The Vernacular of Touch

I was at a gallery opening a few months ago, serving wine at the bar. The gallery was a non-profit and so there was a requested donation for the alcohol. One of the guests became very angry about this and responded aggressively. The gallery director came up and placed her hand on his shoulder to get his attention, and he yelled: “How Blue Collar of you to think you can touch me!” That comment stuck with me. Clearly, he was overreacting (and odd), but it is true that touch is a very specific type of communication. I do not want the scary homeless dude on the street to manhandle me. Nor do I want the perfectly normal-looking guy sitting next to me on the bus to accidentally graze me. There are people that I want to touch, who definitely would not want me to touch them. And vice versa.

Understanding the Etiquette of Touch

There is a complicated and layered etiquette to touch. There are people we allow to touch us (and, by extension, our property), and people we do not. There are contexts when we want to allow someone to touch us in a specific way, and contexts when that same touch is completely inappropriate. There are different places and ways I want to be touched by the people I allow to do so. My mom and my husband, for example, have drastically different touch targets.

The location of the touch plays a large role in its meaning. Consider a pat on the back versus a pat on the arm versus a pat on the cheek. These all communicate something different. The gesture has a connotation that stands alone from our interpretation: encouraging versus consoling versus condescending. Layer on top of the gesture our perception of it and the touch source. And there are obviously different times within each touch interaction when being touched in a certain way would be, or would not be appropriate. A deep kiss in church is appropriate in a wedding ceremony but decidedly inappropriate during regular Sunday mass.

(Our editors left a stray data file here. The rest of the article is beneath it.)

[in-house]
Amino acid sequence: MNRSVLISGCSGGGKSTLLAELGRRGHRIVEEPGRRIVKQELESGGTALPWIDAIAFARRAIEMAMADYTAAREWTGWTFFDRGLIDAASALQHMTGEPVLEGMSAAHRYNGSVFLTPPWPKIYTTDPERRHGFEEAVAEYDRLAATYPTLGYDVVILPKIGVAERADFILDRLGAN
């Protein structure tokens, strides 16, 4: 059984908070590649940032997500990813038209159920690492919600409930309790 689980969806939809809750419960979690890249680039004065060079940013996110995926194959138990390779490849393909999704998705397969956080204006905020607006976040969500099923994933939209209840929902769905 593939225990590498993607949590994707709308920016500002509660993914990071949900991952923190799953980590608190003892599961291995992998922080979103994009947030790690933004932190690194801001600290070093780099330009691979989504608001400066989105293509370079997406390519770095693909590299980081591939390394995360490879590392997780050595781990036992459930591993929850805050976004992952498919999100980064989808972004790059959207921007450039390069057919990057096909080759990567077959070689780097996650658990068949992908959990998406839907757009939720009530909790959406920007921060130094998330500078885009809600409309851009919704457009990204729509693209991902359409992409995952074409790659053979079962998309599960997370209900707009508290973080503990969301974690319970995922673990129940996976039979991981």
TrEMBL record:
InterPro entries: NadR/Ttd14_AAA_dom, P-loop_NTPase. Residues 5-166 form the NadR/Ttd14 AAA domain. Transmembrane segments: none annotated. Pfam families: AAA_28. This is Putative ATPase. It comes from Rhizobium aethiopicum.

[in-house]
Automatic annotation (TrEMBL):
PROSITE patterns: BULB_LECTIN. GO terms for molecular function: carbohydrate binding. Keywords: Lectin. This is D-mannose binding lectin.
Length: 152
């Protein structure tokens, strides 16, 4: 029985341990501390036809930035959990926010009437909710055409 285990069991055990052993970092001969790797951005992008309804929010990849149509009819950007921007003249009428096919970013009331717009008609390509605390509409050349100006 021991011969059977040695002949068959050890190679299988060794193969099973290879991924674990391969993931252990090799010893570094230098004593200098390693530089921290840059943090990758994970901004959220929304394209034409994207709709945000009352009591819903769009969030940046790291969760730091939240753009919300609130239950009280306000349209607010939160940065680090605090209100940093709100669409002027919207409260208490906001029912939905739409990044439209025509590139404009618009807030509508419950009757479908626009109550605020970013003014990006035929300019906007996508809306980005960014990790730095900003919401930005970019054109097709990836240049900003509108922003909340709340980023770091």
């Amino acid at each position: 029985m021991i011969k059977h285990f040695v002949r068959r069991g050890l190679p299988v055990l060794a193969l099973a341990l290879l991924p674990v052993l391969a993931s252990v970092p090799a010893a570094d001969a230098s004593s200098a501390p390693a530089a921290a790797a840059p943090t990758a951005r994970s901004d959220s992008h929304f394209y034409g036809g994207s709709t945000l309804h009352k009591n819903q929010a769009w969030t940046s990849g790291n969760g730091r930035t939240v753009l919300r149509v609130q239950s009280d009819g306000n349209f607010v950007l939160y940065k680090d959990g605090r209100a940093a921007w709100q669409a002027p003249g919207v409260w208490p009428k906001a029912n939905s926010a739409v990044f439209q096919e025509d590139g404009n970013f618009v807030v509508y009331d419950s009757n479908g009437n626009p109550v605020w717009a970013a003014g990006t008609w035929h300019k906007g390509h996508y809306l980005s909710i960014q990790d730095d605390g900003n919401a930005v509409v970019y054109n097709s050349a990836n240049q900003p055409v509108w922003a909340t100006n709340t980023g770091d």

The same touch etiquette is not followed around the world. For example, in France, they kiss cheeks but in Japan, not so much. In the U.S., we need at least two feet of personal space (or more, please) while the Chinese could care less. While handshakes are becoming more universal, touch is so nuanced that even the strength of one’s grip impacts the meaning of the handshake across cultures. According to Ms. Emily Post, in the Middle East, “a too-hearty grip could be interpreted as aggressive.”

Contextualizing Touch

Touch, our first language, creates a dialogue with the world through a medium that is intimately familiar. As infants, we begin processing and exploring our world physically, with our bodies, hands, mouths. Throughout our life, that physical communication continues to be an essential need, a way of experiencing. About ninety percent of communication is nonverbal, and the physical part often conveys what words cannot. Indeed, touch says something specific, and usually, that meaning is clear with context. Context itself is nuanced, though. This puts us in at an interesting crossroad as we begin to interact with technology in a more immediate, intimate, and tactile manner.

The quality of a touch from different sources provides different meanings. A light graze by my husband feels very different from a light graze from my boss. Sometimes I grab my niece firmly around the wrist to stop her, while other times I lightly hold her wrist to guide her. Timing is essential to the touch conversation. Timing allows us to be able to change the quality of our message to suite the context. We also need to be able to decode meaning when a touch is out of context. Touch in different areas of the body have very different meanings as well. If my mom were suddenly “touch” me through my phone I carry in my front pocket, I would become very uncomfortable.